Parkinson’s Law of Triviality in Time Management, Economics and Finance

The Attention a Problem Gets is Inverse to its’ Importance


By Dr. David Edward Marcinko MBA

Historian Cyril Parkinson’s wrote in his book Parkinson’s Law,

“The time spent on any item of the agenda will be in inverse proportion to the sum [of money] involved.”

EXAMPLE: Parkinson described a fictional finance committee with three tasks: approval of a $10 million nuclear reactor, $400 for an employee bike shed, and $20 for employee refreshments in the break room.

The committee approves the $10 million nuclear reactor immediately, because the number is too big to contextualize, alternatives are too daunting to consider, and no one on the committee is an expert in nuclear power.

Bike Shed Effect: The bike shed gets considerably more debate. Committee members argue whether a bike rack would suffice and whether a shed should be wood or aluminum, because they have some experience working with those materials at home.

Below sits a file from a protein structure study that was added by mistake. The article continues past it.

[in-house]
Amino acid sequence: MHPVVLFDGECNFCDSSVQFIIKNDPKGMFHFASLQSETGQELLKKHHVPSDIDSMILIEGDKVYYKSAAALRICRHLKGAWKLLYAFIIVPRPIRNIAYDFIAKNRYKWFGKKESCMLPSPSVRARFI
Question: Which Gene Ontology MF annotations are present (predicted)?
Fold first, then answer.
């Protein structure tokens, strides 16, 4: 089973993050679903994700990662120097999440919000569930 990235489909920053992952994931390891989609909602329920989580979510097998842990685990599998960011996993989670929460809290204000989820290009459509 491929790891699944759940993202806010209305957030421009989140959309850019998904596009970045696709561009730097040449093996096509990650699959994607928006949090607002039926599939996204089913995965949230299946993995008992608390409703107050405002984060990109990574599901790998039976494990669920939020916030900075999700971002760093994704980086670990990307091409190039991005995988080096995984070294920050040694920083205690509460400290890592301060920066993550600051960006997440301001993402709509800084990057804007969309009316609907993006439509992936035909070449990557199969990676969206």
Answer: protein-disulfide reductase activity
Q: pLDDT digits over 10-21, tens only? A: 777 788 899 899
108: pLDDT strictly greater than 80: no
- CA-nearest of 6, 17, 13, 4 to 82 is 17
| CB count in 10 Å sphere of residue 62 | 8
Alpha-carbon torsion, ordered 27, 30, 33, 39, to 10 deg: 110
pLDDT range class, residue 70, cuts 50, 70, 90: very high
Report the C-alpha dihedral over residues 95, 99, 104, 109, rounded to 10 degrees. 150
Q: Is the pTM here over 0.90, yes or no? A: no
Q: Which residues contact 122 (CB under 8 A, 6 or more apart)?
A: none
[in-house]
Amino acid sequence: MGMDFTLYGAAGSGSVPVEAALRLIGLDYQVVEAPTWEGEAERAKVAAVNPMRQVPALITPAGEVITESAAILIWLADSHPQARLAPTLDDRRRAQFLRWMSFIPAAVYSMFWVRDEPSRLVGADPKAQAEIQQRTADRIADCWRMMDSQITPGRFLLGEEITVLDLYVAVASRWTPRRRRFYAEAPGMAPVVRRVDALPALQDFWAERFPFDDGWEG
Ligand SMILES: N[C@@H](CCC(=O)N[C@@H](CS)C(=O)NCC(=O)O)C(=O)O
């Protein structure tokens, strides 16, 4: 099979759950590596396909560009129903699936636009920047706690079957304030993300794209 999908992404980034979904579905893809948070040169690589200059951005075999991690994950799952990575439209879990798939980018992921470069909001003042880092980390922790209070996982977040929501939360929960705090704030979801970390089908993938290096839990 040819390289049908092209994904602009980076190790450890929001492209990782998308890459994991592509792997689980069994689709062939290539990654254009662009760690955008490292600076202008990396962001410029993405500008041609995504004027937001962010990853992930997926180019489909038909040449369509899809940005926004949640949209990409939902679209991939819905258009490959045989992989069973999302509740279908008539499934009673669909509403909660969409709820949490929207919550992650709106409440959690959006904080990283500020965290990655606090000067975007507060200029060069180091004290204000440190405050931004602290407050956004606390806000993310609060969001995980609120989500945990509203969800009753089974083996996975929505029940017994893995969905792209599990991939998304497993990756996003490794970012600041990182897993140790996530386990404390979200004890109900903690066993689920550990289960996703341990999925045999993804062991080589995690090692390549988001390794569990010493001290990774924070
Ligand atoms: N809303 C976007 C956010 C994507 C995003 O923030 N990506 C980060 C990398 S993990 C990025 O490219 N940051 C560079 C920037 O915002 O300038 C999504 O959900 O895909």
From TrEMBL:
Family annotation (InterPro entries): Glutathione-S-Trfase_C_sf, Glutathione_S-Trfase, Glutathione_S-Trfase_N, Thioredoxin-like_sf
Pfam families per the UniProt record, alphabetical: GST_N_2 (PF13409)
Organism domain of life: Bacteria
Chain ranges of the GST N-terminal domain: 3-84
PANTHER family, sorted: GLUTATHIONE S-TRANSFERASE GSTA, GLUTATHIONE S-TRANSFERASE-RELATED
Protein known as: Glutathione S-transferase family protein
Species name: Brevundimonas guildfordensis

Employee refreshments take up two-thirds of the debate, because everyone has a strong opinion on what’s the best coffee, the best cookies, the best chips, etc.

Absurd: The world is filled with these absurdities. In personal finance, Ramit Sethi recently said we should stop asking $3 questions (should I buy coffee?) and ask more $30,000 questions (should I buy a smaller home?). Most people don’t, because it’s hard and intimidating. In any given moment the easiest way to deal with a big problem is to ignore it and fill your time thinking about a smaller one.




Assessment: Your thoughts and comments related to the Corona Virus Pandemic, meetings and time management and psychology are appreciated; especially the CARES Act.



2 Responses

  1. The “Rule of 4” in Time Management

    Dr. David E. Marcinko MBA


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